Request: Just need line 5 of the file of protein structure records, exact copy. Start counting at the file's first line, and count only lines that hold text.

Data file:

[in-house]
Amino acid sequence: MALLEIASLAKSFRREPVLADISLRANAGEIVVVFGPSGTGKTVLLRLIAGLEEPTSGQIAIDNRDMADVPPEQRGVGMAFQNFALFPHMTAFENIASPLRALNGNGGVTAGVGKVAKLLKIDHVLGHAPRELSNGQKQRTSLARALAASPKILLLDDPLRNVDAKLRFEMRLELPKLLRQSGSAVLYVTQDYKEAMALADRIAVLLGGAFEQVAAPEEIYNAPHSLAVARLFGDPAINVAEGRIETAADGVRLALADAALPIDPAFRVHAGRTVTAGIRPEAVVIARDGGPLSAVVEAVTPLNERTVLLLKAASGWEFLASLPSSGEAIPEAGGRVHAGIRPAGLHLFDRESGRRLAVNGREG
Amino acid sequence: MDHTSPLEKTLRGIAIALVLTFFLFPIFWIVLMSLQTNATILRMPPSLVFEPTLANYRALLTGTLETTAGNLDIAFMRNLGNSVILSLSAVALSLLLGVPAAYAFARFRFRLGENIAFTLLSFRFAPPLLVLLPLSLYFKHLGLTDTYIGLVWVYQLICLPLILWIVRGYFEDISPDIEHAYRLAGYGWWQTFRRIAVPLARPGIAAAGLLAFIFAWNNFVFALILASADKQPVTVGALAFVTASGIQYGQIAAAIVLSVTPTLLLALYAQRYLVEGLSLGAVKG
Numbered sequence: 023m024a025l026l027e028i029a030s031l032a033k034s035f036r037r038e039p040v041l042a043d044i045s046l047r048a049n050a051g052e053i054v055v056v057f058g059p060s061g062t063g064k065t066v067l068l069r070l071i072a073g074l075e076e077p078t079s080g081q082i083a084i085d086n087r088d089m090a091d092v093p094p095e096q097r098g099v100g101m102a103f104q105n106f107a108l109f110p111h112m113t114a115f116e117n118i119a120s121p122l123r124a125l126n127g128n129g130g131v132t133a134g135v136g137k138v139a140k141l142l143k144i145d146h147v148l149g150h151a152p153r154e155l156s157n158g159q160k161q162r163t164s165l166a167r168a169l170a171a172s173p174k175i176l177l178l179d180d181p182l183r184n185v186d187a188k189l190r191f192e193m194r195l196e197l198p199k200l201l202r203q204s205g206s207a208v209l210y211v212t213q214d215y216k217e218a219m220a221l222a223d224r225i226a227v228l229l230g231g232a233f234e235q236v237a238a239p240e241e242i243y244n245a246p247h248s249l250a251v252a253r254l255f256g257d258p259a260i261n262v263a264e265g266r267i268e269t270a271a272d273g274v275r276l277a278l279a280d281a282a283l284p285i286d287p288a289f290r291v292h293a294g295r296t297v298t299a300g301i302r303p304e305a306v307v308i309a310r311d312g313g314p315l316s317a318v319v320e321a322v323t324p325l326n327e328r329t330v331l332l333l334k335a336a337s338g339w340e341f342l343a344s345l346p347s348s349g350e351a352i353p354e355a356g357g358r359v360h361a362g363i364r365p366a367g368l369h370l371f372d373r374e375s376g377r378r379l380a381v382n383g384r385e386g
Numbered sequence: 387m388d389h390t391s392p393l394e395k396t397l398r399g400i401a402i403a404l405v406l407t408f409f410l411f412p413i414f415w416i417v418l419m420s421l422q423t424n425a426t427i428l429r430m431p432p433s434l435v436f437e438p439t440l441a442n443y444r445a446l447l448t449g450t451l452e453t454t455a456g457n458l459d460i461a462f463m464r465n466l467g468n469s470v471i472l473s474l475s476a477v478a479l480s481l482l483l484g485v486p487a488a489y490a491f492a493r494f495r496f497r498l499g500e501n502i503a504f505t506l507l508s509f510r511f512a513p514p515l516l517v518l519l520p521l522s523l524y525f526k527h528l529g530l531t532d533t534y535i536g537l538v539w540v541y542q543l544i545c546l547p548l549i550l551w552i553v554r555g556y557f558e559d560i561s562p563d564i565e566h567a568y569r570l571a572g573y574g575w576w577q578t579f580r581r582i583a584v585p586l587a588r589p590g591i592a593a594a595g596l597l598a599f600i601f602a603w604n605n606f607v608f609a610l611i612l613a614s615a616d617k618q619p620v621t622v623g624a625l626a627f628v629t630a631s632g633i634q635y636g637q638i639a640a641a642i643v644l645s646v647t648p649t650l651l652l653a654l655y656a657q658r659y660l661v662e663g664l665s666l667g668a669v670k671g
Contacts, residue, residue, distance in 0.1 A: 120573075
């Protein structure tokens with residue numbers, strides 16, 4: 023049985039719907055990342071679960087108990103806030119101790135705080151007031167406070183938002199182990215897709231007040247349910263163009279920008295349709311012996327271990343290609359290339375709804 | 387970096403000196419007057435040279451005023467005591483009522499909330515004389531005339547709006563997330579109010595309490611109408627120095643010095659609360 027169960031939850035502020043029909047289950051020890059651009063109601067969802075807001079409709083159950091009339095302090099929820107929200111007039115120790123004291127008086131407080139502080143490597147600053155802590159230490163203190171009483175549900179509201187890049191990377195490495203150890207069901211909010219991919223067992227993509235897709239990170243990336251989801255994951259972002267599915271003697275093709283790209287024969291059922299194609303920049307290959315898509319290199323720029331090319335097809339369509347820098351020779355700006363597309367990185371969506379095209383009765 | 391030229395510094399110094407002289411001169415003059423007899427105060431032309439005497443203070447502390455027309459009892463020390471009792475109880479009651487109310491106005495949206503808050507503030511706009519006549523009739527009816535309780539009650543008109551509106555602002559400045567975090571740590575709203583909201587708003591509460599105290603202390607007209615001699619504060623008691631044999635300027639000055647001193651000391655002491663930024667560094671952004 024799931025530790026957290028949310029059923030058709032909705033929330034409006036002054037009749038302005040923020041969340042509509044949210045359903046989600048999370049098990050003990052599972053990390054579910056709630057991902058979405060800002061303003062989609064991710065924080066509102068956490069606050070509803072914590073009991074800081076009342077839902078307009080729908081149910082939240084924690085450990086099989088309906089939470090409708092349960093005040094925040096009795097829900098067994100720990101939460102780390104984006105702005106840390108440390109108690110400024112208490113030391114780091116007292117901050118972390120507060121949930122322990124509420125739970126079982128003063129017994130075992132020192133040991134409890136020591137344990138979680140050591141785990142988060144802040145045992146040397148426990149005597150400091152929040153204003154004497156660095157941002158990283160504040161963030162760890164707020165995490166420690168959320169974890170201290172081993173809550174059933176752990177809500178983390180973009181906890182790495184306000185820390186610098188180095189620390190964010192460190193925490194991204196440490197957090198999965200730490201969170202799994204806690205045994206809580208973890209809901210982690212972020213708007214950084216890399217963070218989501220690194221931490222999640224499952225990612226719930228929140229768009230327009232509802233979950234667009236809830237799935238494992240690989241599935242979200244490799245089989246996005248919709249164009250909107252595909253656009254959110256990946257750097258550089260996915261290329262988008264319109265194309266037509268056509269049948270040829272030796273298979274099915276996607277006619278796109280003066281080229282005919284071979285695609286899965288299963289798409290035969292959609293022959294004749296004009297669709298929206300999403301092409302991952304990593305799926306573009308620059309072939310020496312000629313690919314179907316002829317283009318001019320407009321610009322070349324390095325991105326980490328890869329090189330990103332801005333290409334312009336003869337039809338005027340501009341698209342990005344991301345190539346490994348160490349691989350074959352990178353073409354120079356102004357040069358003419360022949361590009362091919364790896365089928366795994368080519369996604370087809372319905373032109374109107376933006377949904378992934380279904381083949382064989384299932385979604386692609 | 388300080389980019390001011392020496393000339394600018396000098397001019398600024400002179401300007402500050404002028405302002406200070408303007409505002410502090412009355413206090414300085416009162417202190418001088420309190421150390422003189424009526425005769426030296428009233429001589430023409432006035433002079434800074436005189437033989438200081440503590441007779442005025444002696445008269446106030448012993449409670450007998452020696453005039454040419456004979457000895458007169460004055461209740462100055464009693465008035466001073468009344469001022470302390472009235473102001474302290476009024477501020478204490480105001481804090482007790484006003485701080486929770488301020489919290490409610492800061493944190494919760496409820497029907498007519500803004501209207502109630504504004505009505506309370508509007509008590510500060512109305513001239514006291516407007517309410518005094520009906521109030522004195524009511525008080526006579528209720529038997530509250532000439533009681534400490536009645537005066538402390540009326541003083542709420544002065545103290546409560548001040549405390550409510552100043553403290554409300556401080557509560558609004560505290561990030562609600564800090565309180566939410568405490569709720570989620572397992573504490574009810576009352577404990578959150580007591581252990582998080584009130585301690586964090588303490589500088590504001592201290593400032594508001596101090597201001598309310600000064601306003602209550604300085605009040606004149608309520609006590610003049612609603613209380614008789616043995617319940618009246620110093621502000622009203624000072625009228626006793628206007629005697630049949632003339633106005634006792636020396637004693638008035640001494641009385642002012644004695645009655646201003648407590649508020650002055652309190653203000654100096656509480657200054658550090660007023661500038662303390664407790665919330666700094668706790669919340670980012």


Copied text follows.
Numbered sequence: 387m388d389h390t391s392p393l394e395k396t397l398r399g400i401a402i403a404l405v406l407t408f409f410l411f412p413i414f415w416i417v418l419m420s421l422q423t424n425a426t427i428l429r430m431p432p433s434l435v436f437e438p439t440l441a442n443y444r445a446l447l448t449g450t451l452e453t454t455a456g457n458l459d460i461a462f463m464r465n466l467g468n469s470v471i472l473s474l475s476a477v478a479l480s481l482l483l484g485v486p487a488a489y490a491f492a493r494f495r496f497r498l499g500e501n502i503a504f505t506l507l508s509f510r511f512a513p514p515l516l517v518l519l520p521l522s523l524y525f526k527h528l529g530l531t532d533t534y535i536g537l538v539w540v541y542q543l544i545c546l547p548l549i550l551w552i553v554r555g556y557f558e559d560i561s562p563d564i565e566h567a568y569r570l571a572g573y574g575w576w577q578t579f580r581r582i583a584v585p586l587a588r589p590g591i592a593a594a595g596l597l598a599f600i601f602a603w604n605n606f607v608f609a610l611i612l613a614s615a616d617k618q619p620v621t622v623g624a625l626a627f628v629t630a631s632g633i634q635y636g637q638i639a640a641a642i643v644l645s646v647t648p649t650l651l652l653a654l655y656a657q658r659y660l661v662e663g664l665s666l667g668a669v670k671g